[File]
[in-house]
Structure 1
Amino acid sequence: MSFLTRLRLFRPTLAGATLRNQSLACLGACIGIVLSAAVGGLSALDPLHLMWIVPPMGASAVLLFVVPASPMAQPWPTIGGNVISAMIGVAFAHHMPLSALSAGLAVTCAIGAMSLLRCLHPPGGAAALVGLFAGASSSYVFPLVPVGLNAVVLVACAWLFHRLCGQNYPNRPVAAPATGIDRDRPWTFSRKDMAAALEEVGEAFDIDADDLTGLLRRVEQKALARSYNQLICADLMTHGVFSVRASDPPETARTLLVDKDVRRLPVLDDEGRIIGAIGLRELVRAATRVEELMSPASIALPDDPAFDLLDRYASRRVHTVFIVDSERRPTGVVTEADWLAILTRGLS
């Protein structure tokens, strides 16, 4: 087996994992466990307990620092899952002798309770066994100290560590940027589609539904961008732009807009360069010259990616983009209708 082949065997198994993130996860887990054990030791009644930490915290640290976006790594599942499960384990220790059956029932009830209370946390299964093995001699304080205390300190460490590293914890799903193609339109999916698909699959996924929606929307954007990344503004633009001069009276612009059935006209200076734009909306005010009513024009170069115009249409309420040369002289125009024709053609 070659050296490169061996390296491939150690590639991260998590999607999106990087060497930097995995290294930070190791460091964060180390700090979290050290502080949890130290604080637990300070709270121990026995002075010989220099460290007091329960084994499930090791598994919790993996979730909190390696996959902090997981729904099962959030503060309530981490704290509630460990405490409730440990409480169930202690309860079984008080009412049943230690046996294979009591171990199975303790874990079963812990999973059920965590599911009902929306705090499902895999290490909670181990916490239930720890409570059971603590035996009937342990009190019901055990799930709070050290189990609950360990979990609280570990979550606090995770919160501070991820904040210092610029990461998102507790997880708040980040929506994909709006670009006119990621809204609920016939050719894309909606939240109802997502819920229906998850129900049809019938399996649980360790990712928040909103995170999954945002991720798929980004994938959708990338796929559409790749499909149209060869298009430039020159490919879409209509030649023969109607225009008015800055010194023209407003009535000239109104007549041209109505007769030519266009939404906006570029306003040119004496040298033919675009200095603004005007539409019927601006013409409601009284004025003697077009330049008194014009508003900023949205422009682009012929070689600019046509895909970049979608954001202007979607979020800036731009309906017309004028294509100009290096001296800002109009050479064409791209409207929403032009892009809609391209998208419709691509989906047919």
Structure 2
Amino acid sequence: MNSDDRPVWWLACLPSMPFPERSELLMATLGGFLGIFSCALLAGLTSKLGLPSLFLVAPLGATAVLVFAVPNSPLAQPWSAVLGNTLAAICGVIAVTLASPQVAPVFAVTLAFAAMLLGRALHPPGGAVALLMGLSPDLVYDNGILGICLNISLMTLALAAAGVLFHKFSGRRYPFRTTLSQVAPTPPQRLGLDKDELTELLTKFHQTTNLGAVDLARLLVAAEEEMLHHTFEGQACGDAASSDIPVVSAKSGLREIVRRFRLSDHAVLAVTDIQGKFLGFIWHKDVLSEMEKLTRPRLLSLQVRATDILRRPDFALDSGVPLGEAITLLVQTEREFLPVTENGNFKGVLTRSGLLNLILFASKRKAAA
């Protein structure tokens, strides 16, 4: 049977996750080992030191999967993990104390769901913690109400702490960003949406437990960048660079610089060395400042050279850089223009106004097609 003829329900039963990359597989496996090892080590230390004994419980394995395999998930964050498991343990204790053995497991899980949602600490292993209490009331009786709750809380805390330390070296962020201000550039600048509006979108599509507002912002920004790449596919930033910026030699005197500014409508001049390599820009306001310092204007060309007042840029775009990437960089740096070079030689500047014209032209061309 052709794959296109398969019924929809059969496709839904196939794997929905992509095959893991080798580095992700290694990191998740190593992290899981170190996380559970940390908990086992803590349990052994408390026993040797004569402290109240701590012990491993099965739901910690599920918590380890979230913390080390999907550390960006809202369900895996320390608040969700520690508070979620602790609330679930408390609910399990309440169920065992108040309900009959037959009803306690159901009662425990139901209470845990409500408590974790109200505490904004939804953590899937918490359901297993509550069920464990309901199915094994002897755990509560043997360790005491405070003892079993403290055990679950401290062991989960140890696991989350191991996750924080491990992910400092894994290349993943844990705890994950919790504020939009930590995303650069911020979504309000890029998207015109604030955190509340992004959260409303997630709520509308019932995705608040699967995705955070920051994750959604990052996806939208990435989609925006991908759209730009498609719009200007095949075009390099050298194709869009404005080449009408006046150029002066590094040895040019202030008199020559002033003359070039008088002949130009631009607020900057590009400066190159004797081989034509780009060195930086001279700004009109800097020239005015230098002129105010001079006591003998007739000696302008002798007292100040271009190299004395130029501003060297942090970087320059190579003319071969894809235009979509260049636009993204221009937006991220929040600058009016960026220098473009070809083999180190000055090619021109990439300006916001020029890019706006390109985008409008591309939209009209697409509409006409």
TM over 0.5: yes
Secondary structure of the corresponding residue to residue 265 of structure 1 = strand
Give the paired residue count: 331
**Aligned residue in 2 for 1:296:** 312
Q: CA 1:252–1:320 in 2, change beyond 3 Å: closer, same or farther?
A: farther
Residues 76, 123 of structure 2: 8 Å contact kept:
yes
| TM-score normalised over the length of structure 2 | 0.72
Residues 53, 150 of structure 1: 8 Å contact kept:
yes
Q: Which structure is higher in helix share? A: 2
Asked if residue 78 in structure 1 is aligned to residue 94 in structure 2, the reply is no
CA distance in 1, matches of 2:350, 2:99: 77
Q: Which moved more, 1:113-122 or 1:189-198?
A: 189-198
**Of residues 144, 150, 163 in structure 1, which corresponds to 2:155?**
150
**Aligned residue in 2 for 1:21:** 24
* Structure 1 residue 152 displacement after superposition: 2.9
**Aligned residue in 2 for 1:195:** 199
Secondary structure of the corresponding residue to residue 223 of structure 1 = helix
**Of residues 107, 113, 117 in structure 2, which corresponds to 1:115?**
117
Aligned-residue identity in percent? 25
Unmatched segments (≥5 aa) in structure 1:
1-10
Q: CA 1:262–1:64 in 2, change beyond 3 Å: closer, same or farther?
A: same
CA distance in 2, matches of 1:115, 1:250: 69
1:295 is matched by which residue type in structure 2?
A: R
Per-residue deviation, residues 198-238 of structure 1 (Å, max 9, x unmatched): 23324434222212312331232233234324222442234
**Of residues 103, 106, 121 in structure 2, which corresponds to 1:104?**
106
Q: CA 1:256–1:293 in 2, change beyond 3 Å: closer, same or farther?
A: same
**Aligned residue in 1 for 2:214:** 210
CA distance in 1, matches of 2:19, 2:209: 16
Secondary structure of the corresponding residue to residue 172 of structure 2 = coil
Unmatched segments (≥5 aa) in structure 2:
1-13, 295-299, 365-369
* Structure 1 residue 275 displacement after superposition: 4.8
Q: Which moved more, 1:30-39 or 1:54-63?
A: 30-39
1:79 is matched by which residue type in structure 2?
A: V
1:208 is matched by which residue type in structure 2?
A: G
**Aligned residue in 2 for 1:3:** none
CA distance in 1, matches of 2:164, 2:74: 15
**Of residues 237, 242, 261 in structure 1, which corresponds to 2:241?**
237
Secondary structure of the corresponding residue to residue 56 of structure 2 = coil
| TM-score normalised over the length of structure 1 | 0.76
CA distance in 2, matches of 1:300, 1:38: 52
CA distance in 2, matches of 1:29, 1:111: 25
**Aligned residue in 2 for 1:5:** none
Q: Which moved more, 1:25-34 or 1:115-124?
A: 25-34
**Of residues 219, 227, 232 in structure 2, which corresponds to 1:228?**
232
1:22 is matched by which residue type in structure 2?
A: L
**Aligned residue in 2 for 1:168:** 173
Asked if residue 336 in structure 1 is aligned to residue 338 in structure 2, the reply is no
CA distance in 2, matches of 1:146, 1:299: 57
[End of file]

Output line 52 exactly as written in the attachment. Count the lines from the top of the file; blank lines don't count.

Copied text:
A: 30-39